Questions Our Surveyors Get Asked The Most

Our surveyors get asked a lot of similar questions in their day-to-day job when surveying a property. Find out the answers to the most common questions they get asked below!

About Our Surveyor Team

All our Surveyors are qualified with either AssocRICS, MRICS or FRICS status from our professional body, the Royal Institution of Chartered Surveyors. Our Surveyors will also be approved ‘Registered Valuers’ meaning they are subject to additional regulation for their valuation work.

All our Surveyors are local to the area they work in; either being a home-based staff surveyor or a consultant from a local partner firm.

Our Head Office is in based in Nottingham and this is where appointments will be booked from and administered.

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Frequently Asked Questions


What is a mortgage valuation?
The mortgage valuation is a brief report on a property for the Lender’s purposes only, to advise of the value and any characteristics which might affect its value as security for the proposed loan.

How long will the appointment take?
This will vary depending on the type and size of the property and any pre-inspection preparation carried out by the Surveyor. On average, our Surveyors are likely to be on site 20 -40 minutes. However, for very small properties like studio flats the time on site may be less and for larger houses may be more.

What will the Surveyor need to see?
The Surveyor may need to see the full extent of the property which could include loft spaces and cellars although there are exceptions to this. Sometimes fixed cupboards/wardrobes that conceal walls may need to be opened although no furniture would be moved.


Surveyors will usually want to know what outbuildings or garages you have and in many cases will want to check these internally. Where your property has a substantial plot, it may not be practical to see the full extent of your estate and the valuer will discuss this with you when they arrive.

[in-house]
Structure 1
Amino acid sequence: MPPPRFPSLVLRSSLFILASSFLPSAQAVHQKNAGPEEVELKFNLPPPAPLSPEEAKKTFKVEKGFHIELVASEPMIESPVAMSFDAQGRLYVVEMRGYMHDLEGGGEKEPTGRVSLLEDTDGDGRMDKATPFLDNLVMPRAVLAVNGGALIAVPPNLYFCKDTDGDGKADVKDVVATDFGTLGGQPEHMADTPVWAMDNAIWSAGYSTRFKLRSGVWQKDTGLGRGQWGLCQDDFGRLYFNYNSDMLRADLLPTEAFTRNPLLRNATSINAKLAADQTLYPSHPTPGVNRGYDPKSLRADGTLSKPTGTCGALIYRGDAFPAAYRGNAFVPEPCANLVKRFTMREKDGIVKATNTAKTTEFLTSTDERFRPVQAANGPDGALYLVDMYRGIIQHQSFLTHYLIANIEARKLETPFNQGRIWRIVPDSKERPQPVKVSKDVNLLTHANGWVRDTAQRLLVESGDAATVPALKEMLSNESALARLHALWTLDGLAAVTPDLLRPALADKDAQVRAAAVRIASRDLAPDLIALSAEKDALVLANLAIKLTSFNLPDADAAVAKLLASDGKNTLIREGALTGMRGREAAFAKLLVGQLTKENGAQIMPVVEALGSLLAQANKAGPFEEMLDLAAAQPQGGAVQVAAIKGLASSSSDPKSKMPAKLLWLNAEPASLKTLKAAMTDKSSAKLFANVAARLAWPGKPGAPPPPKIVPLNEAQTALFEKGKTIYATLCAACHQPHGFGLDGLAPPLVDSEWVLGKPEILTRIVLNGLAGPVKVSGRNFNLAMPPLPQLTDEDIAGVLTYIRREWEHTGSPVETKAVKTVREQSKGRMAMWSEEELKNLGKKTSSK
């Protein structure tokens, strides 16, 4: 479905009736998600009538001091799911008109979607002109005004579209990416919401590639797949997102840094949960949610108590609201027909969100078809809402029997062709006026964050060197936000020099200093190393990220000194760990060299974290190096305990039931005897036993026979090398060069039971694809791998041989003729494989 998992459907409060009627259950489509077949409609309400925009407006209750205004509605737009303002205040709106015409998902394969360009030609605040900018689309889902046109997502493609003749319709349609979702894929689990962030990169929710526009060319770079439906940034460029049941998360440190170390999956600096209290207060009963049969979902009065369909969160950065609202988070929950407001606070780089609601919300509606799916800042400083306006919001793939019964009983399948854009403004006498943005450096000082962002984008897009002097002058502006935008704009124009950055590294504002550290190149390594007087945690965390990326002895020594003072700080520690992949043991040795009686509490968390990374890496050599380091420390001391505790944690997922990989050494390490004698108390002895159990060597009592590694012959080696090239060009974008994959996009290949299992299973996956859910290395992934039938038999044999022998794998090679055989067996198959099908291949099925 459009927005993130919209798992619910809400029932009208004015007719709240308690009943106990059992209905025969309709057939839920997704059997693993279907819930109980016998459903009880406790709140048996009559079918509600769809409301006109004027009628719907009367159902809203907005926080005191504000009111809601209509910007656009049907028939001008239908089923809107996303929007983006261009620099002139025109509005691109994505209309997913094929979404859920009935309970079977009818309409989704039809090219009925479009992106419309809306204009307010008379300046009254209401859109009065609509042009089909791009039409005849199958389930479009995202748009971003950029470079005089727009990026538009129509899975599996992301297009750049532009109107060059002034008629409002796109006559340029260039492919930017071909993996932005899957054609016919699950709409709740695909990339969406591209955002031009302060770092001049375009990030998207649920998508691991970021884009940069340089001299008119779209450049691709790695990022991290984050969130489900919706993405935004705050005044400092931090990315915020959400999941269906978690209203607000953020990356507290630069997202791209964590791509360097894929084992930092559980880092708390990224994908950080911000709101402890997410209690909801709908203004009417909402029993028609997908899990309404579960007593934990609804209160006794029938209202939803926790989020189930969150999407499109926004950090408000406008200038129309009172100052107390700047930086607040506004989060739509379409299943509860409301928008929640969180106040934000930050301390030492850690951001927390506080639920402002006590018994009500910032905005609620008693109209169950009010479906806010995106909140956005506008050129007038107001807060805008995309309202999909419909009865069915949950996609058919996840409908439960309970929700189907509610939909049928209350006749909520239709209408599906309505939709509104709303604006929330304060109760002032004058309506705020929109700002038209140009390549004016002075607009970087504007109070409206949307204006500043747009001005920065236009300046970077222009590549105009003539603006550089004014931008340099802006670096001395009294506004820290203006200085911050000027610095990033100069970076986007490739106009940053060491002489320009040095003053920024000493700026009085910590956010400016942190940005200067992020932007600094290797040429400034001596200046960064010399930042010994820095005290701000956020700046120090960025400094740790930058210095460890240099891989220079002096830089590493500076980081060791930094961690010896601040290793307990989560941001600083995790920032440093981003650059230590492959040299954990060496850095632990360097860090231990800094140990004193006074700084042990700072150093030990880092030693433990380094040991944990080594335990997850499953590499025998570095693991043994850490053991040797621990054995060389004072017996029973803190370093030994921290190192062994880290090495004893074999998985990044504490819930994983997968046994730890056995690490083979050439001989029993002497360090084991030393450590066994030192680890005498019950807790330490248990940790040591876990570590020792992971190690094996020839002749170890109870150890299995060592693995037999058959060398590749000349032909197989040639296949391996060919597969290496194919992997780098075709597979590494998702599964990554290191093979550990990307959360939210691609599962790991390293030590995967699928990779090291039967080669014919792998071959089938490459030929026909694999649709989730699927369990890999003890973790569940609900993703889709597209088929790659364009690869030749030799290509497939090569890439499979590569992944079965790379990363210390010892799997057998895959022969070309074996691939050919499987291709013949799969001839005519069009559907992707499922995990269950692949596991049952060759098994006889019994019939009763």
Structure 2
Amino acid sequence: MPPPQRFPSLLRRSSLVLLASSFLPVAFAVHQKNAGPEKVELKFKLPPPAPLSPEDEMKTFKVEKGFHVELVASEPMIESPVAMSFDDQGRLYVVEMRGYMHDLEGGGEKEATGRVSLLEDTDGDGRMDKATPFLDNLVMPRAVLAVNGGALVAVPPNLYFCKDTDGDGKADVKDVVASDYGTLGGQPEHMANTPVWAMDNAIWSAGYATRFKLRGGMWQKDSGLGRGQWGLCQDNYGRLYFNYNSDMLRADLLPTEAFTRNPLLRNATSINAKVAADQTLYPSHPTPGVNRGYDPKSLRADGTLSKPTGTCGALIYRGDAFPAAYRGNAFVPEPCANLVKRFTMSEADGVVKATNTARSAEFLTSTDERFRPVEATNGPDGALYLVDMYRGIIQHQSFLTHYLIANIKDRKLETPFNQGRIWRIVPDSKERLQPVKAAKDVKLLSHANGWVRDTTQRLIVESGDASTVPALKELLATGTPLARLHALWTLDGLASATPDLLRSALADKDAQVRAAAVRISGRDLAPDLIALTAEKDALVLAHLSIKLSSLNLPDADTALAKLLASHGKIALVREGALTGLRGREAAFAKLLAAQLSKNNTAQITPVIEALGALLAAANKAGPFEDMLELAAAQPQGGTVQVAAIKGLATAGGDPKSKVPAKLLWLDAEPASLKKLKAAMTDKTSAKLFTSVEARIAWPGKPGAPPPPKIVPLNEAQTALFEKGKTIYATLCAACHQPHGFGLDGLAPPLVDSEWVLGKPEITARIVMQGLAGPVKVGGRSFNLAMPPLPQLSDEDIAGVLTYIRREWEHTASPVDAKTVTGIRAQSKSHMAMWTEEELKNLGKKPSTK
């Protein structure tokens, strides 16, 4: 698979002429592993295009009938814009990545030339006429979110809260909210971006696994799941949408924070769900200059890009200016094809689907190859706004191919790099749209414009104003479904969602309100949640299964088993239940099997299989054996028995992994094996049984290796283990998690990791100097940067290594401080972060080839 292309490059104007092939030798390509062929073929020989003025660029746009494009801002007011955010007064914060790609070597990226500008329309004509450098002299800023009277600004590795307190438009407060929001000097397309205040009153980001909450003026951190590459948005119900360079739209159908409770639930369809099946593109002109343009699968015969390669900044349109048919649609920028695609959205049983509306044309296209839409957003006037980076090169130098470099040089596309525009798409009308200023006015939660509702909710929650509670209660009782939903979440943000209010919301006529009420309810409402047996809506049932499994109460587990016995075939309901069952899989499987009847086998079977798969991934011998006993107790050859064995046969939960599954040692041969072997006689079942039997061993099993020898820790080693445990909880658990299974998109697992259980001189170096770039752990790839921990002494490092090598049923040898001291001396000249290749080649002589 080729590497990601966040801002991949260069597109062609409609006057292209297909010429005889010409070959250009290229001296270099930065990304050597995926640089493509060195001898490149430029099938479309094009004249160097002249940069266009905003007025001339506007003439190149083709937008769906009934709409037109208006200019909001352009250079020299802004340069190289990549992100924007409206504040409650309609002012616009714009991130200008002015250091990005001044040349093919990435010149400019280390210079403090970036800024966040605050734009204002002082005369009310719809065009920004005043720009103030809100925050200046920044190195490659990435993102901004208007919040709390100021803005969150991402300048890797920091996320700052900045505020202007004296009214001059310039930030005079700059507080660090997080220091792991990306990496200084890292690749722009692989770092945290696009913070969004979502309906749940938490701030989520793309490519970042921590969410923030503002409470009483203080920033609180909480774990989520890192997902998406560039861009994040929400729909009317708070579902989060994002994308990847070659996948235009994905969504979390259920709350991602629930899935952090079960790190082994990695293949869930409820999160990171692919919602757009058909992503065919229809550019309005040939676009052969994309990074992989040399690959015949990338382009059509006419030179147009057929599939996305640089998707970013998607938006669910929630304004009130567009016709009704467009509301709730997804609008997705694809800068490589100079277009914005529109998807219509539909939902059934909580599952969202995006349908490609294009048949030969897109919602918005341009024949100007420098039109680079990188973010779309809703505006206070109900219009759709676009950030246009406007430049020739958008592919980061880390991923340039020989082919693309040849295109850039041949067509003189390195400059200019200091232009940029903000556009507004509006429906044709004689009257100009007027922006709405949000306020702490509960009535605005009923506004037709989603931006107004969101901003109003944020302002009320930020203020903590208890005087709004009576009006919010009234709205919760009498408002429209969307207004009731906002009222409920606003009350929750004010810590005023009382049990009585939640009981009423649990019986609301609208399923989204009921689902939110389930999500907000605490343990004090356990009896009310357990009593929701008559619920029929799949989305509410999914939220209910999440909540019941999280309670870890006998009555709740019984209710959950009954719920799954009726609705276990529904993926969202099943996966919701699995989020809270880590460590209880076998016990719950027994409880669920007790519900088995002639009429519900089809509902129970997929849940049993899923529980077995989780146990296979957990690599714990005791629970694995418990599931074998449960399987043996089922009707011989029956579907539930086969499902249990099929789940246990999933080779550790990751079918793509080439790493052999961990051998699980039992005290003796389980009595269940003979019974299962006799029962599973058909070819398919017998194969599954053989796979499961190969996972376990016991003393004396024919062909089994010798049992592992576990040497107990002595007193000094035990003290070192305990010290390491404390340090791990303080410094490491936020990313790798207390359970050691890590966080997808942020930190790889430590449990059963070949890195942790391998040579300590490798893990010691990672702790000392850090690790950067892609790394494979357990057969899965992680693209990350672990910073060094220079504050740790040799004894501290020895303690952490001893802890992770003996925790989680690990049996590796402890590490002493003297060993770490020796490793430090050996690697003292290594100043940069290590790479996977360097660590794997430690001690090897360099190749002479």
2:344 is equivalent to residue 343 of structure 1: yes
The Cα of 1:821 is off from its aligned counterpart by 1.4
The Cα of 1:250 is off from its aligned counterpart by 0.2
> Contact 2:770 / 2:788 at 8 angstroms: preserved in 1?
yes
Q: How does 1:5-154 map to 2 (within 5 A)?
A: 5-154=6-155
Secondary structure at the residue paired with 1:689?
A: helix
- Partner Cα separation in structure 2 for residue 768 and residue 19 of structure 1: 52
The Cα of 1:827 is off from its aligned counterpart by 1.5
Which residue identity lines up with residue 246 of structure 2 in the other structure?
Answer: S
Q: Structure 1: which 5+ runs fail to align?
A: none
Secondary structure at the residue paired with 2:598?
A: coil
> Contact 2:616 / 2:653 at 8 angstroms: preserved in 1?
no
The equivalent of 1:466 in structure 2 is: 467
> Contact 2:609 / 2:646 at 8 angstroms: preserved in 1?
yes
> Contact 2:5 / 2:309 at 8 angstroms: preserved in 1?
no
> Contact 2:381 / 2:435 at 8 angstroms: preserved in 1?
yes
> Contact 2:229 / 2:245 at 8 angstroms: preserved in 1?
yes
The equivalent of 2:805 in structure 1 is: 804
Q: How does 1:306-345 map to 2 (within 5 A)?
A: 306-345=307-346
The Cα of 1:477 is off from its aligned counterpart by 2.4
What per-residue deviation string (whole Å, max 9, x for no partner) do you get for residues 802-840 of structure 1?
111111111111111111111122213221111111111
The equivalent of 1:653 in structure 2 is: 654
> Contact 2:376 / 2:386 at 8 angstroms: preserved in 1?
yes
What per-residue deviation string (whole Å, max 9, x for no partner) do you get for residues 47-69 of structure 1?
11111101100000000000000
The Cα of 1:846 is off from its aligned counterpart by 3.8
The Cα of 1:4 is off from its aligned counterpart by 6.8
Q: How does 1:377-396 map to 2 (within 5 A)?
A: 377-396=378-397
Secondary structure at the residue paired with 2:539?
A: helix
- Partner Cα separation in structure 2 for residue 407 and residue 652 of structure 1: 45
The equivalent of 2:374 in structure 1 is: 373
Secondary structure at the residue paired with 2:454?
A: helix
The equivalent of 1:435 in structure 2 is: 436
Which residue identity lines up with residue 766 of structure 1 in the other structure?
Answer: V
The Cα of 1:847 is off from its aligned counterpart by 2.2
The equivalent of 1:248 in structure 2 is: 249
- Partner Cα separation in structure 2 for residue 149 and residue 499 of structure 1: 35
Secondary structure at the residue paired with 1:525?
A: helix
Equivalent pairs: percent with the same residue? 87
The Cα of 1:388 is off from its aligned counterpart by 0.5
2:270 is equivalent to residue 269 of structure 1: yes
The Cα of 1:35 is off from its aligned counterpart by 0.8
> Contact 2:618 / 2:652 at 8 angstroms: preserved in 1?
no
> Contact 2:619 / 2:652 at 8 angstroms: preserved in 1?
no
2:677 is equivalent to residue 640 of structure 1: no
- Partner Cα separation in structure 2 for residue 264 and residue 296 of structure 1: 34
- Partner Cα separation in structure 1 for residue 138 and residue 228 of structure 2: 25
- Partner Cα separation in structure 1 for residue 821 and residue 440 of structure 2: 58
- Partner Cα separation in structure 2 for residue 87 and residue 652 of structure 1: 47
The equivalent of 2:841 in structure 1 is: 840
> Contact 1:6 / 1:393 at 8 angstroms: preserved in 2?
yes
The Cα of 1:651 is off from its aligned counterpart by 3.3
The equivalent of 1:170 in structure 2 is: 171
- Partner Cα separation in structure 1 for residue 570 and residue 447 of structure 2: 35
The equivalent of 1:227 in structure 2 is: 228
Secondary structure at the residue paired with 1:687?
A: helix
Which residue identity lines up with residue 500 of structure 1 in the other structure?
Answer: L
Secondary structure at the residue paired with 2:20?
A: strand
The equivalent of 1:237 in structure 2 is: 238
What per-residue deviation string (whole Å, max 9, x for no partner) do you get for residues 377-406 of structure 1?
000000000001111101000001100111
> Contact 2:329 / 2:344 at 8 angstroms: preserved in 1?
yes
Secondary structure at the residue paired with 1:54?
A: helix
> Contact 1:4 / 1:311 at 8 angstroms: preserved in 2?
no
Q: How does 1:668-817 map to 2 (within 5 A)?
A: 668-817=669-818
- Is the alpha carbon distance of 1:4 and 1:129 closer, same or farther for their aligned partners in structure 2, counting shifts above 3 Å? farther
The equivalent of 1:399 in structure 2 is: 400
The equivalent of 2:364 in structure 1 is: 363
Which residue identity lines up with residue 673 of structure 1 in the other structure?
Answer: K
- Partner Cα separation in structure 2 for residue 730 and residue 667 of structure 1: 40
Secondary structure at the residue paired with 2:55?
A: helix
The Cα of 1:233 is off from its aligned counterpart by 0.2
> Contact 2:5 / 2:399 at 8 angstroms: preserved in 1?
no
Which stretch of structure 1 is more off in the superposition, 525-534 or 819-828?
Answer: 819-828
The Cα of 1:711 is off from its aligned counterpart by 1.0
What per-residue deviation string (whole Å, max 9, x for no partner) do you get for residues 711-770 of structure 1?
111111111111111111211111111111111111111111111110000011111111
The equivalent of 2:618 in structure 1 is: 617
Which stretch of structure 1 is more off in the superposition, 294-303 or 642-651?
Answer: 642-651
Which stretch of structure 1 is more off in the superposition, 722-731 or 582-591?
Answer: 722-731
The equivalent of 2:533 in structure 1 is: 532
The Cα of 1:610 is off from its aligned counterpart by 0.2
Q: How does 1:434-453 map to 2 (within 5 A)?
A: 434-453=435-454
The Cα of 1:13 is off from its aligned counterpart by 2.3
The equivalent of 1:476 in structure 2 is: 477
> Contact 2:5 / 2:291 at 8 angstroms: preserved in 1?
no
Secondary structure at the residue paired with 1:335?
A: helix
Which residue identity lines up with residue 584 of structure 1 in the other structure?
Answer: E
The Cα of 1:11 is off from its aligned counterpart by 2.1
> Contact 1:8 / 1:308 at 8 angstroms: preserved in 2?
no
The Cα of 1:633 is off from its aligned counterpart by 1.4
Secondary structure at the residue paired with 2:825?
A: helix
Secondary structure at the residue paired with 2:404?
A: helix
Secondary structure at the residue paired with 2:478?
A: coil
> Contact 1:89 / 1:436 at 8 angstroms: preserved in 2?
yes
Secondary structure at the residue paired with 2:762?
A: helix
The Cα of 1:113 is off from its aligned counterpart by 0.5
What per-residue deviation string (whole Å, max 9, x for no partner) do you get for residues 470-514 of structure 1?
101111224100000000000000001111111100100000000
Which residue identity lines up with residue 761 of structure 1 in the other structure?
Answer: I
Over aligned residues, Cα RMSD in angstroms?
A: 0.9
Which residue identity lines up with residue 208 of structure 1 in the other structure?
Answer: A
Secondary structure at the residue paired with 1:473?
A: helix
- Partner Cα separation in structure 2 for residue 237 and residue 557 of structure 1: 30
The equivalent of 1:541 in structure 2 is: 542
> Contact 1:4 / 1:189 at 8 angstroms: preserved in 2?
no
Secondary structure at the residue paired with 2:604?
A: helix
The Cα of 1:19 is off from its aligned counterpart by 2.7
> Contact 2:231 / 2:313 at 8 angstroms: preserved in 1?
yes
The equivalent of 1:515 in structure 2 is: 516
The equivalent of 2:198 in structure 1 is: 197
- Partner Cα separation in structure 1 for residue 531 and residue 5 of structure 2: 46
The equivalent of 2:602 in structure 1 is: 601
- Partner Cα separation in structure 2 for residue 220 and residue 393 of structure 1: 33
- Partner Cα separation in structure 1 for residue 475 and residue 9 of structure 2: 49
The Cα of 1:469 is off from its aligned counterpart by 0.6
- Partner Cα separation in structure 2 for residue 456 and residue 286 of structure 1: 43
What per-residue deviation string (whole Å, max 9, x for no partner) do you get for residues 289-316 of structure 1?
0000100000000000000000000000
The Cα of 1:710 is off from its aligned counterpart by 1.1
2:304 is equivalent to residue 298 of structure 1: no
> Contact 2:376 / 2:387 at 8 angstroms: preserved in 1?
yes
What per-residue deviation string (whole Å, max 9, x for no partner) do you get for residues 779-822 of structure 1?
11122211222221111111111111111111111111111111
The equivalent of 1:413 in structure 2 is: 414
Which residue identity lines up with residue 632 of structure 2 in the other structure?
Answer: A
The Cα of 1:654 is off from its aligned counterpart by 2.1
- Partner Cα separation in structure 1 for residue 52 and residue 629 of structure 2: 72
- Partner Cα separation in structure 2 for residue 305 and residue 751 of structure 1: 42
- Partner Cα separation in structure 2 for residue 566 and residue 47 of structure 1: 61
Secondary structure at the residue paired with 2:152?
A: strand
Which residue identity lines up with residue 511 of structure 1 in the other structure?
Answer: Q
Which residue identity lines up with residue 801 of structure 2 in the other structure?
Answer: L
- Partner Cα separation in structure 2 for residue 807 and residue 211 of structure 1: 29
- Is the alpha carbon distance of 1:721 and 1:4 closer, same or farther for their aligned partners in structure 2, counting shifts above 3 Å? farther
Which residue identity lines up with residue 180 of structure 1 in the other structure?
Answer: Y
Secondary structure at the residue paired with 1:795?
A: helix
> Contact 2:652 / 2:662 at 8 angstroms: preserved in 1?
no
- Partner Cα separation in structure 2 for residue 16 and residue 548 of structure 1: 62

Measurement of the size of the building is needed for houses and bungalows and overall internal measurements of flats; we typically do not rely on measurements from other sources. Measurements are used to aid the valuation process and to inform the lender.

Will the Surveyor need to take photographs?
Yes. Most Lenders and SDL require their Surveyors to take 5 photographs – front and rear of the property, a street scene, and kitchen and bathroom. Most Surveyors would also take a garden photo but if necessary, some other photos may be taken as a photographic record. Any representation to personal information will be dealt with in line with data protection law.

What will the Surveyor ask me?
Surveyors will often ask the person providing access some questions where the information we hold might be incomplete or incorrect. This can include, but is not restricted to:

  • Confirming we have the correct address and postcode
  • Confirming we have the correct purchase price or estimated value
  • Confirming where an estimated value (for re-mortgage) was derived
  • Asking about the marketing of the property (if a sale). For example, how long was the property on the market for, what was the asking price
  • Confirming the current rent and estimated rent (buy to let cases)
  • Confirming the type of tenancy (buy to let cases)
  • Asking how long you have lived in the property and what you originally paid
  • Property age
  • Property alterations and consents
  • Lease length, ground rent and service charges

Do not worry if you don’t know all these things when asked.

Will the Surveyor confirm the valuation or details in the report?
In most instances the work to determine the valuation will not be completed until after the inspection. The report is for our Lender client only and we are unable to discuss the report or likely valuation figure.

Whilst we are not permitted to provide copies of the reports we produce to customers after our visit, some Lenders will disclose the Valuation reports, but most do not, as these reports are of limited scope and focus on factors important to lending. In contrast, a Homescore, Homebuyer or Building Survey report is designed with buyers in mind, and we cannot disclose information regarding these reports to anyone other than our client.

What else does the Surveyor have to do after they leave the property?
After the inspection, the Surveyor will have to finalise their site notes and then source and analyse recent comparable property sales in the local area to decide on the valuation. They may also need to refer to the Lenders policy before they prepare the report.

When will the Lender receive the report?